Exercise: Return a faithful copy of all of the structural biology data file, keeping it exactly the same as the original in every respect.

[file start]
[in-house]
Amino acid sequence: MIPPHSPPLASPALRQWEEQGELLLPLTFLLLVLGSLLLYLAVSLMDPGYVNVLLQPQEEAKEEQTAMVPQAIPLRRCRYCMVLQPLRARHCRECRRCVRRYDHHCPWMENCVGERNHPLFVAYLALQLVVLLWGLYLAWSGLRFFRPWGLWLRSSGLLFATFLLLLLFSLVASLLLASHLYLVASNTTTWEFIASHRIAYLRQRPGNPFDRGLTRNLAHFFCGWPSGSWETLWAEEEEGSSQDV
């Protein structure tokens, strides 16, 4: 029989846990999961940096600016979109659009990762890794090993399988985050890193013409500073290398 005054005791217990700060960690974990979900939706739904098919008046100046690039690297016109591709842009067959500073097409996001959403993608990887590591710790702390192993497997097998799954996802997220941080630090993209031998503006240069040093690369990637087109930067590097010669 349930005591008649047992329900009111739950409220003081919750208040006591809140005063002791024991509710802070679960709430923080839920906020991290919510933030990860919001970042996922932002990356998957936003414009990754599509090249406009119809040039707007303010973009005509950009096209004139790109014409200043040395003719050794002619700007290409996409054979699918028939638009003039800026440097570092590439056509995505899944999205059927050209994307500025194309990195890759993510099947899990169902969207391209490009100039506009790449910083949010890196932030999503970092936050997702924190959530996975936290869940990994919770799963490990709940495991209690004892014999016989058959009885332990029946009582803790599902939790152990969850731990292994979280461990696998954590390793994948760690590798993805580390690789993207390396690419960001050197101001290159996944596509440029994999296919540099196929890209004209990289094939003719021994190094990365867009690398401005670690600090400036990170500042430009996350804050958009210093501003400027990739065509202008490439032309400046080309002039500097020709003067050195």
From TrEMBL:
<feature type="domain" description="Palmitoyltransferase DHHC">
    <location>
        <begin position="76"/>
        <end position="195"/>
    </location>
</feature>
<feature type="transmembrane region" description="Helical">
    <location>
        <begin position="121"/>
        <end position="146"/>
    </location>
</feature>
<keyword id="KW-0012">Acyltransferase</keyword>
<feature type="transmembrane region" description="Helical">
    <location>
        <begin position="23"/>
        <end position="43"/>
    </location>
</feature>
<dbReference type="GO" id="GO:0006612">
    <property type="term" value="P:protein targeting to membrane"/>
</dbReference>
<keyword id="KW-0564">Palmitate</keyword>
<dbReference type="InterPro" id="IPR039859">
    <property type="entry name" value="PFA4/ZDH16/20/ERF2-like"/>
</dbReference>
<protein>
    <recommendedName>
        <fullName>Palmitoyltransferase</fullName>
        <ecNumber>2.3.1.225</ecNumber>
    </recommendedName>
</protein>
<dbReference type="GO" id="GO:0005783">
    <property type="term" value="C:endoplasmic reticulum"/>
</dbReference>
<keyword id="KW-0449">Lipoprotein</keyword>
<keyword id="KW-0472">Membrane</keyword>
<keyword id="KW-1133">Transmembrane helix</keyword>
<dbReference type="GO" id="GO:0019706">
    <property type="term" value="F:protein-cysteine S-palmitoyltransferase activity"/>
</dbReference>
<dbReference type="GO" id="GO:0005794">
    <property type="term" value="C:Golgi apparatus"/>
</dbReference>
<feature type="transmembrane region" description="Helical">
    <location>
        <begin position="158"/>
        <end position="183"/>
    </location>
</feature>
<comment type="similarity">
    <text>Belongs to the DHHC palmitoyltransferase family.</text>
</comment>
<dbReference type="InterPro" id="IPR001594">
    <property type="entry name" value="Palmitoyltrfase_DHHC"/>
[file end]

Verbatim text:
[in-house]
Amino acid sequence: MIPPHSPPLASPALRQWEEQGELLLPLTFLLLVLGSLLLYLAVSLMDPGYVNVLLQPQEEAKEEQTAMVPQAIPLRRCRYCMVLQPLRARHCRECRRCVRRYDHHCPWMENCVGERNHPLFVAYLALQLVVLLWGLYLAWSGLRFFRPWGLWLRSSGLLFATFLLLLLFSLVASLLLASHLYLVASNTTTWEFIASHRIAYLRQRPGNPFDRGLTRNLAHFFCGWPSGSWETLWAEEEEGSSQDV
């Protein structure tokens, strides 16, 4: 029989846990999961940096600016979109659009990762890794090993399988985050890193013409500073290398 005054005791217990700060960690974990979900939706739904098919008046100046690039690297016109591709842009067959500073097409996001959403993608990887590591710790702390192993497997097998799954996802997220941080630090993209031998503006240069040093690369990637087109930067590097010669 349930005591008649047992329900009111739950409220003081919750208040006591809140005063002791024991509710802070679960709430923080839920906020991290919510933030990860919001970042996922932002990356998957936003414009990754599509090249406009119809040039707007303010973009005509950009096209004139790109014409200043040395003719050794002619700007290409996409054979699918028939638009003039800026440097570092590439056509995505899944999205059927050209994307500025194309990195890759993510099947899990169902969207391209490009100039506009790449910083949010890196932030999503970092936050997702924190959530996975936290869940990994919770799963490990709940495991209690004892014999016989058959009885332990029946009582803790599902939790152990969850731990292994979280461990696998954590390793994948760690590798993805580390690789993207390396690419960001050197101001290159996944596509440029994999296919540099196929890209004209990289094939003719021994190094990365867009690398401005670690600090400036990170500042430009996350804050958009210093501003400027990739065509202008490439032309400046080309002039500097020709003067050195």
From TrEMBL:
<feature type="domain" description="Palmitoyltransferase DHHC">
    <location>
        <begin position="76"/>
        <end position="195"/>
    </location>
</feature>
<feature type="transmembrane region" description="Helical">
    <location>
        <begin position="121"/>
        <end position="146"/>
    </location>
</feature>
<keyword id="KW-0012">Acyltransferase</keyword>
<feature type="transmembrane region" description="Helical">
    <location>
        <begin position="23"/>
        <end position="43"/>
    </location>
</feature>
<dbReference type="GO" id="GO:0006612">
    <property type="term" value="P:protein targeting to membrane"/>
</dbReference>
<keyword id="KW-0564">Palmitate</keyword>
<dbReference type="InterPro" id="IPR039859">
    <property type="entry name" value="PFA4/ZDH16/20/ERF2-like"/>
</dbReference>
<protein>
    <recommendedName>
        <fullName>Palmitoyltransferase</fullName>
        <ecNumber>2.3.1.225</ecNumber>
    </recommendedName>
</protein>
<dbReference type="GO" id="GO:0005783">
    <property type="term" value="C:endoplasmic reticulum"/>
</dbReference>
<keyword id="KW-0449">Lipoprotein</keyword>
<keyword id="KW-0472">Membrane</keyword>
<keyword id="KW-1133">Transmembrane helix</keyword>
<dbReference type="GO" id="GO:0019706">
    <property type="term" value="F:protein-cysteine S-palmitoyltransferase activity"/>
</dbReference>
<dbReference type="GO" id="GO:0005794">
    <property type="term" value="C:Golgi apparatus"/>
</dbReference>
<feature type="transmembrane region" description="Helical">
    <location>
        <begin position="158"/>
        <end position="183"/>
    </location>
</feature>
<comment type="similarity">
    <text>Belongs to the DHHC palmitoyltransferase family.</text>
</comment>
<dbReference type="InterPro" id="IPR001594">
    <property type="entry name" value="Palmitoyltrfase_DHHC"/>